Prime Minister Anthony Albanese’s hopes of securing bipartisan support for a constitutionally enshrined Indigenous Voice to Parliament have been dashed after the Nationals said they would oppose the proposal in a referendum. Source: The Australian.
With referenda historically needing bipartisan support to succeed, the junior Coalition partyroom met yesterday to decide Nationals MPs would take a united stand against the proposed reform.
The decision comes after the Queensland Liberal National Party backed a resolution calling on the federal Coalition to oppose the voice, putting pressure on Peter Dutton to force MPs to comply with a binding no position rather than allow a conscience vote.
The issue is expected to be raised at the joint Coalition partyroom meeting today but the Liberals are unlikely to come to a formal position until next year.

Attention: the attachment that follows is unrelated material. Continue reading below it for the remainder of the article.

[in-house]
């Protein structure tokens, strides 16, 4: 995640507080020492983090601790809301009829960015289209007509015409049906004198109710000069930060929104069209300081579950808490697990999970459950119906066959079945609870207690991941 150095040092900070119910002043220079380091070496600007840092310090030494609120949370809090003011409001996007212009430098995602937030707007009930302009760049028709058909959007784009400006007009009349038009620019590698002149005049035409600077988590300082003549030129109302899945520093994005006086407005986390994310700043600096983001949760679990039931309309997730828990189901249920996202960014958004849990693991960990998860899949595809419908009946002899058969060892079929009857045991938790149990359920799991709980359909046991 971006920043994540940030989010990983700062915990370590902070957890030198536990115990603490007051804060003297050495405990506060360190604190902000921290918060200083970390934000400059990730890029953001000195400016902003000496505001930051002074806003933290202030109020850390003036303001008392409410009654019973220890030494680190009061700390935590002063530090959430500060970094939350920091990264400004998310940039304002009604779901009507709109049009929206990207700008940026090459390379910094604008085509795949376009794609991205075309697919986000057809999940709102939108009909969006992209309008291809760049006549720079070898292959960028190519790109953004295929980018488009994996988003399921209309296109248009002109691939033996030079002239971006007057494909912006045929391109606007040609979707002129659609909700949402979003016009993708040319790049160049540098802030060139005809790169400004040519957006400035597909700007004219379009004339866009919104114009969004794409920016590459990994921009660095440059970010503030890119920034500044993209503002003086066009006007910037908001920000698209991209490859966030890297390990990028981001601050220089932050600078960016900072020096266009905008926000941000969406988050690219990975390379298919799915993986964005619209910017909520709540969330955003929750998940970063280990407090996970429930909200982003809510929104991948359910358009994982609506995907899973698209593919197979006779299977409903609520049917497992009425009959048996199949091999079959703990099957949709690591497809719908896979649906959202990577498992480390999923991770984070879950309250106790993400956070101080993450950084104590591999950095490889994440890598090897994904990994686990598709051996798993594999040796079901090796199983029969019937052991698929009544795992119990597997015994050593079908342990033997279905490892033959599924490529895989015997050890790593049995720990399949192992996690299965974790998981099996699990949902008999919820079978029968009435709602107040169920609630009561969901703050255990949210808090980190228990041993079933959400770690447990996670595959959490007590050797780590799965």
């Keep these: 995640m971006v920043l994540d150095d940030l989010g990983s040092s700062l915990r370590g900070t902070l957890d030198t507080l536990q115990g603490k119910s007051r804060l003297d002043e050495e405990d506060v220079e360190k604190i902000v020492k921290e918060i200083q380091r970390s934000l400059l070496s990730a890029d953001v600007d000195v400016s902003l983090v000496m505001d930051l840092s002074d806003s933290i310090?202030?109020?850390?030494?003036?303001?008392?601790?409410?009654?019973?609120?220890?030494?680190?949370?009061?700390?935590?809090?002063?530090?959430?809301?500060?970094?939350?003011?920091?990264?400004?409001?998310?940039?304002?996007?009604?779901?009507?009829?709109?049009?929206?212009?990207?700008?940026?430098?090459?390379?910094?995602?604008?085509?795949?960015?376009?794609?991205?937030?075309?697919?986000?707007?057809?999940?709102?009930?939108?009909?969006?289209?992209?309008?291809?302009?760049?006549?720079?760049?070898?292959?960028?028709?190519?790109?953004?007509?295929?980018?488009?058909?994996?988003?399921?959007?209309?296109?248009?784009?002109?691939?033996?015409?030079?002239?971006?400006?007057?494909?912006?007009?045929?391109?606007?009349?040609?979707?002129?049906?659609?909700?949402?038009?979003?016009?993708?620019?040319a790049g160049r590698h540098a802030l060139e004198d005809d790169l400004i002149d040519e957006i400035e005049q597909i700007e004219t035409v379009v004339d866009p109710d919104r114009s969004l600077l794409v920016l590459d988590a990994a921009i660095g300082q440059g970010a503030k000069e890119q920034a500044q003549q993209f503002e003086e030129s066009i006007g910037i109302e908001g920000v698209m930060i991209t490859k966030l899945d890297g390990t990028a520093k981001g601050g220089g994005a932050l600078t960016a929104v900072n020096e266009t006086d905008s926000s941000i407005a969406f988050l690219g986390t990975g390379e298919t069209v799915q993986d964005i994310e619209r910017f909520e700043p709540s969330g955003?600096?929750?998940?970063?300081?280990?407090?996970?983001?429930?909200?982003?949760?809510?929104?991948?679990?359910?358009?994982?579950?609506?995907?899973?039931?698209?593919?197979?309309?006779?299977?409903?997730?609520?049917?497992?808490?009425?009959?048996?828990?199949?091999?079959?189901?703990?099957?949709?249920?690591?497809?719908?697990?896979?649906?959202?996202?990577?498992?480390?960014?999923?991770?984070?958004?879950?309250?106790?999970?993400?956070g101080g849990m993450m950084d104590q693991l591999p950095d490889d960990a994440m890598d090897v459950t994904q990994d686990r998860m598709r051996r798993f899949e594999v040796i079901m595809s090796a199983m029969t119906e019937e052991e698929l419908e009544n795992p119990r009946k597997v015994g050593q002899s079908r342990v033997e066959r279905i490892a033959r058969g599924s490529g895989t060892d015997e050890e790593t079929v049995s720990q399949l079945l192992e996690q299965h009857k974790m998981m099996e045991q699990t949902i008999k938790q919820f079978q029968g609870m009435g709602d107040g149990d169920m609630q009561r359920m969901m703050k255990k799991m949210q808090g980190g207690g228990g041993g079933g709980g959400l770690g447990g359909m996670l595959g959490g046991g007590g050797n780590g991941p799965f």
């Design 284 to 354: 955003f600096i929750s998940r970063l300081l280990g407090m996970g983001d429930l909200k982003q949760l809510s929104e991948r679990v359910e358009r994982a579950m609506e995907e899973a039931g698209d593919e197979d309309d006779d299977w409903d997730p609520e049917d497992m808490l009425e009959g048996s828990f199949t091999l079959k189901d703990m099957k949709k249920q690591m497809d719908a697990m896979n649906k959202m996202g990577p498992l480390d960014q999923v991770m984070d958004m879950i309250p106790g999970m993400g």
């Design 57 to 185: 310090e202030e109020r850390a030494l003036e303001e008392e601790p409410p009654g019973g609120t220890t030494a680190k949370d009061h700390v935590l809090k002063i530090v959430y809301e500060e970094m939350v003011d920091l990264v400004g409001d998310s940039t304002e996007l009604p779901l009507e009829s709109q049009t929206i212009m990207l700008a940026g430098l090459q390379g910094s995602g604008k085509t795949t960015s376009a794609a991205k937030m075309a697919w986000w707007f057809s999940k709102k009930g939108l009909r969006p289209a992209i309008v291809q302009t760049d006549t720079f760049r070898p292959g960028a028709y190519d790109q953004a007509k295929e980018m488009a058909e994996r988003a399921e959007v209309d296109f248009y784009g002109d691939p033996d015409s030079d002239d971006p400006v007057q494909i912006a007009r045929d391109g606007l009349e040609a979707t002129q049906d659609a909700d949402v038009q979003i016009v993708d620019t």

Nationals leader David Littleproud said he did not believe the Voice would be effective in closing the gap.
Country Liberal Party senator Jacinta Price, who sits in the Nationals partyroom, said it was “not right” and “racist” to say all Indigenous Australians supported the Voice.
“It’s not racist to disagree with a proposal … that lacks detail and divides us on the lines of race. There are Indigenous Australians who do not agree with this,” she said.
Opposition Indigenous Australians spokesman Julian Leeser declined to comment.
Constitutional law expert George Williams said no referendum had ever passed without bipartisan support.
The Albanese aims to hold a referendum on the voice in the 2024 financial year.
Dean Parkin, director of From the Heart, labelled the Nationals decision as “rash, illogical, and dismissive of the overwhelming will of Aboriginal and Torres Strait Islander people”.
Nationals vote to silence talk of one Indigenous voice to parliament (By Greg Brown and Sarah Ison, The Australian)